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I am trying to change Java EE web application that use JPA2 and EJB3 to support multi tenancy.

I would like to make the setting of the current tenant id before my application request start so the application itself will not have to know it is used in multi tenant environment.

I am trying not to use vendor specific feature to allow myself deploy the application to both on-prem container and google AppEngine. That been said, if I can use vendor specific feature from external place such as servlet filter this will be great solution.

I am currently using Glassfish 3.1 as container and Hibernate 4.0 as JPA2 provider.

Sample code will be much appreciated.

Thank you, Ido.

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What do you mean "multi-tenancy" ? deployment to different datastores? or deployment for multiple tenants to one datastore? Obviously "multi-tenancy" is only a feature of (unreleased) JPA2.1 –  DataNucleus May 23 '12 at 11:08
    
@DataNucleus I think Ido is referring to the Hibernate support for multi-tenancy which has existed for quite some time now. Correct Ido? –  Steve Ebersole May 23 '12 at 12:53
    
I mean deploy one application and one database to be used by multiple unrelated customers. Each customer need to see as if the application and database are his and his alone. –  Ido Ran May 23 '12 at 18:56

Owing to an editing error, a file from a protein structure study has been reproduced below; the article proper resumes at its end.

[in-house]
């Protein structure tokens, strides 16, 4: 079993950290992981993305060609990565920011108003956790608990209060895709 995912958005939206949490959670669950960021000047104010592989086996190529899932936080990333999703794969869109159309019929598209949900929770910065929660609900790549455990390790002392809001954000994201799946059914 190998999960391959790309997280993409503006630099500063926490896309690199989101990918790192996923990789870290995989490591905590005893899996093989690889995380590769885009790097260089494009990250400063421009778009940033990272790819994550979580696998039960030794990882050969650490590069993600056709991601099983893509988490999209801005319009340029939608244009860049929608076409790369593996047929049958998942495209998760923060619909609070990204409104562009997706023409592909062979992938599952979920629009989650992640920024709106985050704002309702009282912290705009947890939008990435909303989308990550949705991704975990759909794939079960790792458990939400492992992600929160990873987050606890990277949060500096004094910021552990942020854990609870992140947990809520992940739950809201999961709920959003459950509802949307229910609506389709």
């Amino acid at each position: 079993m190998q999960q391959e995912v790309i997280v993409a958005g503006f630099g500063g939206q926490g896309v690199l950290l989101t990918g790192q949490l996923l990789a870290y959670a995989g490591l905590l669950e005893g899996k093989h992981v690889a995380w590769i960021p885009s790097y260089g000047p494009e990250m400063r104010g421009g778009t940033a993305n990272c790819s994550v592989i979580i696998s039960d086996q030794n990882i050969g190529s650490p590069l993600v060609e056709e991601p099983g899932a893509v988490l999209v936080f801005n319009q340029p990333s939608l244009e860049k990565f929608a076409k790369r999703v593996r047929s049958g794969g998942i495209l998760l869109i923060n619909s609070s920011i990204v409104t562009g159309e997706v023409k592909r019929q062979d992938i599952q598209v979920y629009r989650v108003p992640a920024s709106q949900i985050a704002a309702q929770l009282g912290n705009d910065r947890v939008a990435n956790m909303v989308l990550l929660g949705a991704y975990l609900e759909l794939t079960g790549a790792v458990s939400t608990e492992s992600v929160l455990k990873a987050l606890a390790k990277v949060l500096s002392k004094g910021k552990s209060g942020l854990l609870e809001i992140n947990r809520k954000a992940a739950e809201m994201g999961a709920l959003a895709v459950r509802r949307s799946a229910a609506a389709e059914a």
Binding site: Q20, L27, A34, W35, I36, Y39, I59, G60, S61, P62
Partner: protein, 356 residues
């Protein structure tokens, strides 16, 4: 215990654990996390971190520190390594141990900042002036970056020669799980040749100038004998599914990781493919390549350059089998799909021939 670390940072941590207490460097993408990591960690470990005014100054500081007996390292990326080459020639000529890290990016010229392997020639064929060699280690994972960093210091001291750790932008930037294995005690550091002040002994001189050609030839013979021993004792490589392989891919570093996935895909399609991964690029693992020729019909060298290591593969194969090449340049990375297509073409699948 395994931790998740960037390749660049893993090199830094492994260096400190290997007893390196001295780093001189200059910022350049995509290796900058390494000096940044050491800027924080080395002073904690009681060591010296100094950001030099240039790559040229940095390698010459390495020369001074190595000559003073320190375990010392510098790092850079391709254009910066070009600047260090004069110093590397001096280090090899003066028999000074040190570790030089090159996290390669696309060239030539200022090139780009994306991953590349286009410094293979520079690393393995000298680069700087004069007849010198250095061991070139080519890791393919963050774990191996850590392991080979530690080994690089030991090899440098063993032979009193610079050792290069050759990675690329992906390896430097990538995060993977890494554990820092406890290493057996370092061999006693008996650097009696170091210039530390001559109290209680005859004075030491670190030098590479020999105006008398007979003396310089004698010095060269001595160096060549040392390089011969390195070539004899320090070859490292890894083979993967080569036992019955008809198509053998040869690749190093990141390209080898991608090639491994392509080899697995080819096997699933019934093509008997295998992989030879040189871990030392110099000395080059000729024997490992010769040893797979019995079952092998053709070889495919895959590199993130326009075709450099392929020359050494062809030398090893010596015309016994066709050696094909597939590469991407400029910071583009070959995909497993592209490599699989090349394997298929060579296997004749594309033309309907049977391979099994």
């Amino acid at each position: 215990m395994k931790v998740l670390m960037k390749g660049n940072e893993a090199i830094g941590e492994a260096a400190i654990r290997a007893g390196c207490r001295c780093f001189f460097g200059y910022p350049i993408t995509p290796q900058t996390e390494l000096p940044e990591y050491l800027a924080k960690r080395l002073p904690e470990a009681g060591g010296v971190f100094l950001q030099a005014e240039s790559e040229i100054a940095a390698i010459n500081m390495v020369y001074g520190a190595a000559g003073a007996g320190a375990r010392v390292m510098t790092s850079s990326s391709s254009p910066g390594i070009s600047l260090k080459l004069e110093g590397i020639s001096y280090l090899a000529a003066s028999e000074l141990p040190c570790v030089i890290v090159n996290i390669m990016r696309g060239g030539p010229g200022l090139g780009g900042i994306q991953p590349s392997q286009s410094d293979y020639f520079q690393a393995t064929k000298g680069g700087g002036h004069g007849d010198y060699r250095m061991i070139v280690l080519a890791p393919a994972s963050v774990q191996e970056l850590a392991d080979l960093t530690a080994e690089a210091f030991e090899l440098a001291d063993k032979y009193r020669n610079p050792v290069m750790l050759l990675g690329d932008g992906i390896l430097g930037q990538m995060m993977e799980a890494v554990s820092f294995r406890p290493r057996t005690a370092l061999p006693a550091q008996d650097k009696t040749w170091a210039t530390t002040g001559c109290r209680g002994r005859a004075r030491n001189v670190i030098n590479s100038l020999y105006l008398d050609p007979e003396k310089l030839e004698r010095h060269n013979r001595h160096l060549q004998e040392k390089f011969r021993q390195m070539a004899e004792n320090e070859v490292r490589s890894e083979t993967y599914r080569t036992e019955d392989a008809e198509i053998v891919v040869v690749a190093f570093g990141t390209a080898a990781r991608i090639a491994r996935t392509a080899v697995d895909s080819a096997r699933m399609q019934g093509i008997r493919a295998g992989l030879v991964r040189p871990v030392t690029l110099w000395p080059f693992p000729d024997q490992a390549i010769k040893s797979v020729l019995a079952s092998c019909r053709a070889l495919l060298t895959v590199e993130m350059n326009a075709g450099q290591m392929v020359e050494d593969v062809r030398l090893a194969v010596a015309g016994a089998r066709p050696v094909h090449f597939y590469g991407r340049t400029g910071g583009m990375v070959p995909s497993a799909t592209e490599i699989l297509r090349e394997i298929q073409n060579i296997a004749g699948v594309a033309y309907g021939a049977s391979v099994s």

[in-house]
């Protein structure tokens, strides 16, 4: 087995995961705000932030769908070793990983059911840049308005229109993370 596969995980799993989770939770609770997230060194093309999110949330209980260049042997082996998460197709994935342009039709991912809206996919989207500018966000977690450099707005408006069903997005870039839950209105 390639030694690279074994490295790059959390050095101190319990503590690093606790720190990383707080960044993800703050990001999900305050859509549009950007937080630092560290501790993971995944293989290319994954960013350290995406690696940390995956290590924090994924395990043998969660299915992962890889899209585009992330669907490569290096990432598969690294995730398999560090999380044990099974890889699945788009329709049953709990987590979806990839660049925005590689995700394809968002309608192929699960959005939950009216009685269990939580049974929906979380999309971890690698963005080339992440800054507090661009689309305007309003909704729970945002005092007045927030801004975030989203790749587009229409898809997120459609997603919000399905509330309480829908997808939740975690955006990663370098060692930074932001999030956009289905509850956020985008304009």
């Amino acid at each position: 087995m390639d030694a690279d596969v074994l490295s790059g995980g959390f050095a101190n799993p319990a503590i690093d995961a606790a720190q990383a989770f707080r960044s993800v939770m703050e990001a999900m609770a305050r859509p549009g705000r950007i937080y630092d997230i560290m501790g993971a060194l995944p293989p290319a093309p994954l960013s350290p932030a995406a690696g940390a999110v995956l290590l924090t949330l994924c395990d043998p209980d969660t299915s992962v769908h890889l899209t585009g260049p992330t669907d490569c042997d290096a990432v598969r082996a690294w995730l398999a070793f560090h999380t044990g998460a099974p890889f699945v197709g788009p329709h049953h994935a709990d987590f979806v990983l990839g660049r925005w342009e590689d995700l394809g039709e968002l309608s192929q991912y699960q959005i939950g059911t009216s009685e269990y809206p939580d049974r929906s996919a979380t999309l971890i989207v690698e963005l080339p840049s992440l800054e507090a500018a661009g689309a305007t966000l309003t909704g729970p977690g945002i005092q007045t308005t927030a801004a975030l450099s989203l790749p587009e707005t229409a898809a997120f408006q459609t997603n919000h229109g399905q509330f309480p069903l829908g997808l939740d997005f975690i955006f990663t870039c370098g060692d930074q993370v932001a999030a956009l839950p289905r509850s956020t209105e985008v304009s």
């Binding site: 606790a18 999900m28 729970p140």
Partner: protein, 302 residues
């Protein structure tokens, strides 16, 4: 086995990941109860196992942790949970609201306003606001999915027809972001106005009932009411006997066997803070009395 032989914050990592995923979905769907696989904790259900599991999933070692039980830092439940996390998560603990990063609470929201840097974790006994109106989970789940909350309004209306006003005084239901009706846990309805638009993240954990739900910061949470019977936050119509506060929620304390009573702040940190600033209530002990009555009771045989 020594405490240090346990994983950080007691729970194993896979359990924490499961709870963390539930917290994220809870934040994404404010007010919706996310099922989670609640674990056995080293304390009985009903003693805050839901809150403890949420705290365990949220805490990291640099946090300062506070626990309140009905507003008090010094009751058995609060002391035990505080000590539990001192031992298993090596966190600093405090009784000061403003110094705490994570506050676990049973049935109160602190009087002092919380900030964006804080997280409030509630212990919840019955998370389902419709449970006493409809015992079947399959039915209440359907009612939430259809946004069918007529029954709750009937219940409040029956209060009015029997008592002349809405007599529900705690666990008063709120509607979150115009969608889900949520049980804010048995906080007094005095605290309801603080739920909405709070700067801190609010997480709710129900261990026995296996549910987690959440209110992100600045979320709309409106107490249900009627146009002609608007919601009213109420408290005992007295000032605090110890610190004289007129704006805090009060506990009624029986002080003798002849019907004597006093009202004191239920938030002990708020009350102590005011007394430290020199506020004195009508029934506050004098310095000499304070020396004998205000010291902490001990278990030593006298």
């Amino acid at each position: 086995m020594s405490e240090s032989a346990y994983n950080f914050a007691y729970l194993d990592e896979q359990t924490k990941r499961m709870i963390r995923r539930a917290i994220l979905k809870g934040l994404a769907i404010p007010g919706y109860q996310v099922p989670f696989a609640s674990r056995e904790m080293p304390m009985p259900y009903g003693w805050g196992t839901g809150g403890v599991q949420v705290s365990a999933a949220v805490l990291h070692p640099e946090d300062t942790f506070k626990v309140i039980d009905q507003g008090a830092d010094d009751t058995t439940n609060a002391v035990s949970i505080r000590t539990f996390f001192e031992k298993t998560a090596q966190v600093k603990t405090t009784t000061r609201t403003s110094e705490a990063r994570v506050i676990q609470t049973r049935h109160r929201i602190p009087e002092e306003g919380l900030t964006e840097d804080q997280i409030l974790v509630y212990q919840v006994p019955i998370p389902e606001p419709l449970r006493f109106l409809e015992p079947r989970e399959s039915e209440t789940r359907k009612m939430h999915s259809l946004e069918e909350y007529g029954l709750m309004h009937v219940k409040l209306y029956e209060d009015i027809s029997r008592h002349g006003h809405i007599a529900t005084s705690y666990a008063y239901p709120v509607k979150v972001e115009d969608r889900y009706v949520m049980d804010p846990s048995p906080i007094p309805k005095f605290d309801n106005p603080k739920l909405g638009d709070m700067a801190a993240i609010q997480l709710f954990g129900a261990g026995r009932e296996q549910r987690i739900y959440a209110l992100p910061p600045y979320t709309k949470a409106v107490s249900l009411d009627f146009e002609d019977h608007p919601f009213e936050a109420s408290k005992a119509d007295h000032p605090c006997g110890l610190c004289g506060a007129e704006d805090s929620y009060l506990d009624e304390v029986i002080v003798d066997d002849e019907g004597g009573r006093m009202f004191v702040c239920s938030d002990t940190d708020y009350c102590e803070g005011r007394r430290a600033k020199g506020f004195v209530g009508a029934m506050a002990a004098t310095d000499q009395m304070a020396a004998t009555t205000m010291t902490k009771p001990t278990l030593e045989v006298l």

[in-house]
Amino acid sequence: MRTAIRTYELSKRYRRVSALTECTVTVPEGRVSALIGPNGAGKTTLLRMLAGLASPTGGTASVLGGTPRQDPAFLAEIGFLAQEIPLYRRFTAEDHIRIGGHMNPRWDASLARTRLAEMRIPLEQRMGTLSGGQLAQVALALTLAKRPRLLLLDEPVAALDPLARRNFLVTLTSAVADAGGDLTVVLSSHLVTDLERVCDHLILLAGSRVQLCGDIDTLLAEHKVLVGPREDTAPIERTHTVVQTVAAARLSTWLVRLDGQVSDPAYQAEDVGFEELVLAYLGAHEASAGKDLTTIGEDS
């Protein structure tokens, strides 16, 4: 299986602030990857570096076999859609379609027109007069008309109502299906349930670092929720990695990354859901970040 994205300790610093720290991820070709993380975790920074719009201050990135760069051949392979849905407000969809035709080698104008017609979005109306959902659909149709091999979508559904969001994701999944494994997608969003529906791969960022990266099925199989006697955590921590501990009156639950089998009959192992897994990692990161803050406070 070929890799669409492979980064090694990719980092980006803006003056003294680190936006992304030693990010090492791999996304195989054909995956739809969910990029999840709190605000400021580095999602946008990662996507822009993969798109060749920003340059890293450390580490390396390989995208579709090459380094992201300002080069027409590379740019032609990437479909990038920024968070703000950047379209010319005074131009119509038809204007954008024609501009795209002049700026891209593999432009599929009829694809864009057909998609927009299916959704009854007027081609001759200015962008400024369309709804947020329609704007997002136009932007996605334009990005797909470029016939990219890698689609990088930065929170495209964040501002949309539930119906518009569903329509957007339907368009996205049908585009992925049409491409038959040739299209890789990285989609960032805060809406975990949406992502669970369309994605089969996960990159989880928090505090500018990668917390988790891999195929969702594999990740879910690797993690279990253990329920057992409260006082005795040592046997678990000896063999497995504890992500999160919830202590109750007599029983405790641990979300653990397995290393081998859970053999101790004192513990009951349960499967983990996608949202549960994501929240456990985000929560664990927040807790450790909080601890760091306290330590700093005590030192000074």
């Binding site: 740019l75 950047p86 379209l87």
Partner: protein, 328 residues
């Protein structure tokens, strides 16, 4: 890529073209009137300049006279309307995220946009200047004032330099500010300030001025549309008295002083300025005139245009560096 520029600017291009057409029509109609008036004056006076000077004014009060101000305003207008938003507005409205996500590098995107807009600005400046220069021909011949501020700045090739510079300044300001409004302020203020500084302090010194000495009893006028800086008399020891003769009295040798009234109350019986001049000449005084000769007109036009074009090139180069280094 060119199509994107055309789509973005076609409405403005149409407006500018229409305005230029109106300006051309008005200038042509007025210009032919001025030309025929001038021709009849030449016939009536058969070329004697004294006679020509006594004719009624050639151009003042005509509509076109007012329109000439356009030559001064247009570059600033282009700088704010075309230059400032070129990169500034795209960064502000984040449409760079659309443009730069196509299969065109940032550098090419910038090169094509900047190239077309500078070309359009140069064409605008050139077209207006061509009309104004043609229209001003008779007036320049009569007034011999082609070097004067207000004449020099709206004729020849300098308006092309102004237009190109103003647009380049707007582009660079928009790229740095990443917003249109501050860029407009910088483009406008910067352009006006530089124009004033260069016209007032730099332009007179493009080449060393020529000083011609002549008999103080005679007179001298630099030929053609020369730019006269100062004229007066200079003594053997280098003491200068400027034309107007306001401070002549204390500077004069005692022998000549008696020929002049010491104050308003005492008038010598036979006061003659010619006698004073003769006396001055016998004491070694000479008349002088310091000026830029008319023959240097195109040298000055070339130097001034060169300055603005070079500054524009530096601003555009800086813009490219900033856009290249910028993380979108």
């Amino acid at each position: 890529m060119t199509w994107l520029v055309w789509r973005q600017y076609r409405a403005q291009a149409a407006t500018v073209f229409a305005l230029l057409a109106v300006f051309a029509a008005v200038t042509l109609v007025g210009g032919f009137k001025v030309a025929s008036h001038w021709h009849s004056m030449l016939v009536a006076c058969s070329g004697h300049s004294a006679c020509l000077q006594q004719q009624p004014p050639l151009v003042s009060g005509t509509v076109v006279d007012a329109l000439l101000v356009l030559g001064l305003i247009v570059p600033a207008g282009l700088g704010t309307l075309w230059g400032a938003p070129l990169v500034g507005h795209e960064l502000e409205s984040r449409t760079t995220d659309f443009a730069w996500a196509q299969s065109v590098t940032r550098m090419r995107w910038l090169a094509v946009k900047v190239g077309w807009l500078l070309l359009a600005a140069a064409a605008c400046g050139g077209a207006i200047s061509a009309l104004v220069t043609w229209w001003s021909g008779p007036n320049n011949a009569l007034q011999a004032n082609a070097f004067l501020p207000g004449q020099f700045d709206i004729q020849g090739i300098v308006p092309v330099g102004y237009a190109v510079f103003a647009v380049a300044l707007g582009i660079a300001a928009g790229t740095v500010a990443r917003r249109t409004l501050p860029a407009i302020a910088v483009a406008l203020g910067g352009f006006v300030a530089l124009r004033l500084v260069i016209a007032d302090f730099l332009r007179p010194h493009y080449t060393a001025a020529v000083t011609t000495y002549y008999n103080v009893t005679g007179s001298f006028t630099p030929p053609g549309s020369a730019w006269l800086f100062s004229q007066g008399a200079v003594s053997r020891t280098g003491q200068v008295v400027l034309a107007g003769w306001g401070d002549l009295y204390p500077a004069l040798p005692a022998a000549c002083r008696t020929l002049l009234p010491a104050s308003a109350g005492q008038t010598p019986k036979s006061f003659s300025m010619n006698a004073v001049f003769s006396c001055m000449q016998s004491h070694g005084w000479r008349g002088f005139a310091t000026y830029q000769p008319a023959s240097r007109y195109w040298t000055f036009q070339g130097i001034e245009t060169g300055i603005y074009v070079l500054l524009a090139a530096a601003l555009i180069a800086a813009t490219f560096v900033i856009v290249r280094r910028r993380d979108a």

OK, thx for the clarification. Just that you mention GAE, and also Hibernate ... hence two different types of datastores. Obviously DataNucleus JPA (what GAE JPA uses) also provides multitenancy support (for BigTable, as well as for all other supported datastores) –  DataNucleus Jun 1 '12 at 12:51
    
Yes, it is two different data access. It looks like both EclipseLink and Hibernate implement multi tenant support but JPA standard is left behind. I'll have to use vedor specific solution until the standard will be updated. J2EE 7 maybe... Thanks. –  Ido Ran Jun 2 '12 at 13:32

2 Answers 2

up vote 1 down vote accepted

JPA does not define any specific multi-tenancy support. So it may be difficult to implement without using a provider specific feature.

You could have the same tables for each tenant, but in a different schema. You could then have a different persistence unit that had the same mappings, but set a different default schema in an additional orm.xml file.

For the multi-tenancy support in Glassfish through EclipseLink see,

http://wiki.eclipse.org/EclipseLink/UserGuide/JPA/Advanced_JPA_Development/Single-Table_Multi-Tenancy

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Thank you. I've read and understand the 3 strategies of separate database, separate schema and discriminator column. I would like to go with the discriminator because it the most scalable. I agree that it seem I have to use provider specific approach. Because I'm using Hibernate I'll try to make it work with it and only if I fail I'll go to EclipseLink. Thank you. –  Ido Ran May 23 '12 at 18:57

I would use two databases for multi tenancy. This way, maintenance remains simpler. You can store an indicator in thread local and check it during runtime to decide what connection to use.

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